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New Elders Speak on Call and Ordination in Anxious Times
Episode 2026th July 2022 • Be Encouraged with Bishop Julius C. Trimble • Bishop Julius C. Trimble
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Bishop Julius C. Trimble is the Resident Bishop of the Indiana Area of the United Methodist Church.

Bishop Trimble has the personal mission to encourage all people with the love of Jesus Christ to rise to their highest potential. It is his commitment to his personal mission that led Bishop Trimble to create the “To Be Encouraged” Podcast along with co-host Rev.Dr. Brad MIller.

Bishop Trimble says, “I am compelled by Jesus to share with you an encouraging word or two about Jesus, theology, the bible, the pandemic, the environment, racism, voting rights, human sexuality, and the state of the United Methodist Church.”

To Be Encouraged with Bishop Julius C. Trimble is to be published weekly and is available at www.tobeencouraged.com and all the podcast directories.

https://www.inumc.org/bishop/office-of-the-bishop/

Rev. Keith Turner

kturner@cohmuncie.org

cohmuncie.org

Facebook: https://www.facebook.com/keith.a.turner

Instagram: @itskeithturner

Twitter: @itskeithturner

TikTok: @itskeithturner

Rev. Hannah Wiswasser

hannah.wiswasser@inumc.org

Rev. Don Zlaty

Flora UMC

https://www.facebook.com/floraumc

https://www.facebook.com/pastordonz

www.floraumc.com

Transcripts

Rev. Dr. Brad Miller:

Hello good people. Welcome to the to be in couraged podcast with Bishop Julius C trebled. This is the podcast, where we look to impose or ask her to have a vision of an encouraging word for a discouraged world. I'm your co host, Reverend Dr. Brad Miller and elder and the NEA and the Indiana conference United Methodist Church and our topic today our privileges to talk to three brand new elders in the Indiana area of The United Methodist Church. Today we have with us Reverend Don is laude from the Florida United Methodist Church and Indiana. We have Reverend Hannah WIS Wasser, who's on the staff at the Plainfield United Methodist Church as the associate pastor there. And we have Reverend Keith Turner, from the community of Hope United Methodist Church in Muncie, Indiana. And we curse we have our resident Bishop of Indiana Bishop Julius see trouble. Bishop, welcome to the podcast and help us welcome these good guests here.

Bishop Julius Trimble:

A great, great, great bread and welcome Don, and Hannah and Keith. It's a blessing to have you with this. Elders, ordained elders, our clergy, clergy persons in the Indiana conference ordained to preach the word serve the sacraments and lead the people of God in worship and witness in the communities that we've been privileged to serve. So I counted all joy and a blessing to have these three colleagues and clergy members of the Indiana conference to serve there, there are three of three of those who were ordained and not the whole class of ordinance. But we're privileged to have these three and hopefully we'll have others to talk about ministry in these current times that we've been privileged to serve. In the season. I say this often, this is our season. We don't get to pick the seasons. But this is our season. So with all the joys and all the challenges, I think we can face them if we do it together.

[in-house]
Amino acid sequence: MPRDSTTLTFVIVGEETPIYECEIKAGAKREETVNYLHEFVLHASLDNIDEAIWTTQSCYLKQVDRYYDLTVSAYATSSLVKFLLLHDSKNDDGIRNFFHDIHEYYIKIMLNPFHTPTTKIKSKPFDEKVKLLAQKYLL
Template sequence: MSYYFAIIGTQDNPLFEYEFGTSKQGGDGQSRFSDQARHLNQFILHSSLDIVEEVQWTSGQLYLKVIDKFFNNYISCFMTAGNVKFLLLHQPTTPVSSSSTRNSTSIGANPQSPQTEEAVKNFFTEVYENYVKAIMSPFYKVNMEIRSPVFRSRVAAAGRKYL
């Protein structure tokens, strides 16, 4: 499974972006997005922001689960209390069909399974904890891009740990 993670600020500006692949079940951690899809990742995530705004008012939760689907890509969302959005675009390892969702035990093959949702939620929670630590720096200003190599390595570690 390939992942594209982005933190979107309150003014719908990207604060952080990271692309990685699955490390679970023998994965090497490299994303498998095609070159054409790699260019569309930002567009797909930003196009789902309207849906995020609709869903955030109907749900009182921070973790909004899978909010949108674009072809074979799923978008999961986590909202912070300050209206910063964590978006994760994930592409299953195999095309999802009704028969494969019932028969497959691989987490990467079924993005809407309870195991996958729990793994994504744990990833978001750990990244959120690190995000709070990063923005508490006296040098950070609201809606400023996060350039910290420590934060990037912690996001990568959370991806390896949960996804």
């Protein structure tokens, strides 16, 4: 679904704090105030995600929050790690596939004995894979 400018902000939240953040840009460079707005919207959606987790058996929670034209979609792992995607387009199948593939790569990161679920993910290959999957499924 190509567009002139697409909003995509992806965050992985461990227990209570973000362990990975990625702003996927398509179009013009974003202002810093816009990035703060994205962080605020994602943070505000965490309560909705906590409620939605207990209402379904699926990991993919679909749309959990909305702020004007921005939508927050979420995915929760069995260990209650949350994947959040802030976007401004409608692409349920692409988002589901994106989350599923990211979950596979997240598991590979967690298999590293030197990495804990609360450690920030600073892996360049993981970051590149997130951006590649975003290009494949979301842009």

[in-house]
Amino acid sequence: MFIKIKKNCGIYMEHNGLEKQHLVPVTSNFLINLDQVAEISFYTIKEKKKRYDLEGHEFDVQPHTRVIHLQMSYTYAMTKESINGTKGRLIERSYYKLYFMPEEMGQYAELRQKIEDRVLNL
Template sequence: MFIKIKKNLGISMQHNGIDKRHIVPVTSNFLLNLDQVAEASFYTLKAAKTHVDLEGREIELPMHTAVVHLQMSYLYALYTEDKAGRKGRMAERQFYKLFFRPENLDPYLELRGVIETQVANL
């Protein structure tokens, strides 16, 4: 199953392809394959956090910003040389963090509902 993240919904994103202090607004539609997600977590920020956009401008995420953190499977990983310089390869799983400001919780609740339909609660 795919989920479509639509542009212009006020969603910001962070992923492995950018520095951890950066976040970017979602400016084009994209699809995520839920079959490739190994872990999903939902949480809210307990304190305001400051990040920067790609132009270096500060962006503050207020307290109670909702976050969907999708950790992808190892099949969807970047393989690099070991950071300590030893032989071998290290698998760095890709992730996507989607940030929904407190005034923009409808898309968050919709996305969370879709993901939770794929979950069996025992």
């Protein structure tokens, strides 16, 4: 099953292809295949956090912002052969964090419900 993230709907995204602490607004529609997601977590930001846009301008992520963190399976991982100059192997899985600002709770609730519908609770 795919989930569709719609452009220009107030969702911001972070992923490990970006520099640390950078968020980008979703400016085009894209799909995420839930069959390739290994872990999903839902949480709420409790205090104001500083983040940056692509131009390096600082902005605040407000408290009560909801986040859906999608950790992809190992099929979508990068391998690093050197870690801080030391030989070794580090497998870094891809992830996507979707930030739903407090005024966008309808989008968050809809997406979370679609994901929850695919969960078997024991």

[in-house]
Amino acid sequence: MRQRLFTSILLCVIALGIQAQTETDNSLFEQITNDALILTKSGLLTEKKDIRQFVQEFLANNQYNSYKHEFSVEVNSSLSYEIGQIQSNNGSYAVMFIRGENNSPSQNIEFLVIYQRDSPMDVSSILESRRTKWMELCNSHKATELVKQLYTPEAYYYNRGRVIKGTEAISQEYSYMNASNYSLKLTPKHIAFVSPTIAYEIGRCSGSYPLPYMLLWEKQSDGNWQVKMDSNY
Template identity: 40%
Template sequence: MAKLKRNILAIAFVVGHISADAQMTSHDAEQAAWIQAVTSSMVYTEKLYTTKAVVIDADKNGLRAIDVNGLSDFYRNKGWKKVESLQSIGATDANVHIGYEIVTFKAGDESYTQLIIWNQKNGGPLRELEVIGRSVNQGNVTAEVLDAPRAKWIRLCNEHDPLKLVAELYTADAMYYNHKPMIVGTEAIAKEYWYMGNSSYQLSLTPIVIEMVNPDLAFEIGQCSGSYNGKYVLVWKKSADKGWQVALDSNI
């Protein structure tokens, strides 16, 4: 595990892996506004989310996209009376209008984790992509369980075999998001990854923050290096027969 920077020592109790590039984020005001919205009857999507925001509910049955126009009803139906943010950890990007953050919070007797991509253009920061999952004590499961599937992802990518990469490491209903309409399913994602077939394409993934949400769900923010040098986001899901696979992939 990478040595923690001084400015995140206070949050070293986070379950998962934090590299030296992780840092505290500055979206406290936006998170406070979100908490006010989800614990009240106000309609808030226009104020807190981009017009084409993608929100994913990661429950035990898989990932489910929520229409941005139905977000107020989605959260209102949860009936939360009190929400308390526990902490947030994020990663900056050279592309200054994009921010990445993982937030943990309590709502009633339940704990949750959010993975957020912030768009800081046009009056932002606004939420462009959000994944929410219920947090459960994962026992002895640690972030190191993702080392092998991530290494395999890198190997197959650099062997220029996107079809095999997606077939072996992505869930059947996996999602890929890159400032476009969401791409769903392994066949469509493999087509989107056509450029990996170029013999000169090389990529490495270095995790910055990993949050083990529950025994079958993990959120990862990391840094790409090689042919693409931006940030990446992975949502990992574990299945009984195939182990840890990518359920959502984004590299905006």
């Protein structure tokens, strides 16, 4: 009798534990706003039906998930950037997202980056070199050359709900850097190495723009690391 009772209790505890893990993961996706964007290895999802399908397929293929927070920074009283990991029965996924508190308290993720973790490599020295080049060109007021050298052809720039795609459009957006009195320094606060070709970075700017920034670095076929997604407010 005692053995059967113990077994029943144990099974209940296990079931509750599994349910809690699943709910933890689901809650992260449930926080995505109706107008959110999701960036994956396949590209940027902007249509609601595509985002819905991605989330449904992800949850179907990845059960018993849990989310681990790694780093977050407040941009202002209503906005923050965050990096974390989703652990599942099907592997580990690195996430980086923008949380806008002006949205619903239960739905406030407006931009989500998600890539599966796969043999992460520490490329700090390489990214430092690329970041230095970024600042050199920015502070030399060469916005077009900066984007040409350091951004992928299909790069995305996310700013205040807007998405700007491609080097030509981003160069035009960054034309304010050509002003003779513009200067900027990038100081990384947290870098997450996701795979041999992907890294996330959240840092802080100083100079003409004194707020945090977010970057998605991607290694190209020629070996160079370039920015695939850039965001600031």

Brad Miller:

With thank you for sharing that bishop. And we do welcome Don and Keith and Hannah to our podcast here today. And I like to start things by getting just a little bit about your faith history. And Hannah, Westwater pastor of Plains United Methodist Church, can you just share with us just a little bit about your how you came to know Christ in the first place, and how that eventually led you to your role as an elder right now? I know that's a big question. But can you give us just an idea of what that's about for you?

Hannah Wiswasser:

So then thank you for having me. It's a joy to be here. My parents moved to fishers and founded a Presbyterian church with a group of others. And so I was the first child baptized in that church, which was a huge honor. Although I don't remember it. But we joined a United Methodist Church when I was about three or four, shortly before my younger brother was born. And I really grew up in that church. I did all of the things that a kid in church would do. I sang in the children's choir, and they put me in front of the mic, which was a huge honor. I went through Vacation Bible School, and then when I aged out from VBS, I would help I got to do the drama skits, which was so much fun to teach the Bible stories to the younger kids as they came through. I went through youth group and felt the call to ministry when I was 15. It's one of my favorite stories to tell because it starts in the Texas Roadhouse. And I was at the end of my freshman year in high school, went out to dinner with my family to our local Texas Roadhouse and had this really good conversation with our waiter that evening, about the importance of youth having a place where they could ask honest questions about both life and faith and receive honest answers. Not answers that poo pooed their questions, not answers that were Oh will tell you when you're older, but answers that were honest and real. And just the importance of youth having a place in the church. And that really started the wheels turning in my head. Because when I looked at what I enjoyed doing it was it was being involved in church. I loved youth group. I loved Bible study. I love service projects and So that started some important conversations with my youth pastor with both the senior pastor and the associate pastor. And I was fortunate to grow up in a church that always had a female pastor on staff. And so it was something that I knew I could do. I knew I could preach, I knew I could serve sacraments. And as I continued to discern, during high school during college, I felt called to to be an elder in the United Methodist Church, I loved being able to journey with people loved being able to teach, to do life with people, and to be involved with their faith journey. In college, I added a mental health aspect. I was a psychology major. And I think that finding ways that the church can address mental health holistically. And not simply just if you prayed more, it'll go away. And so that's a little bit about my ministry journey, and what has brought me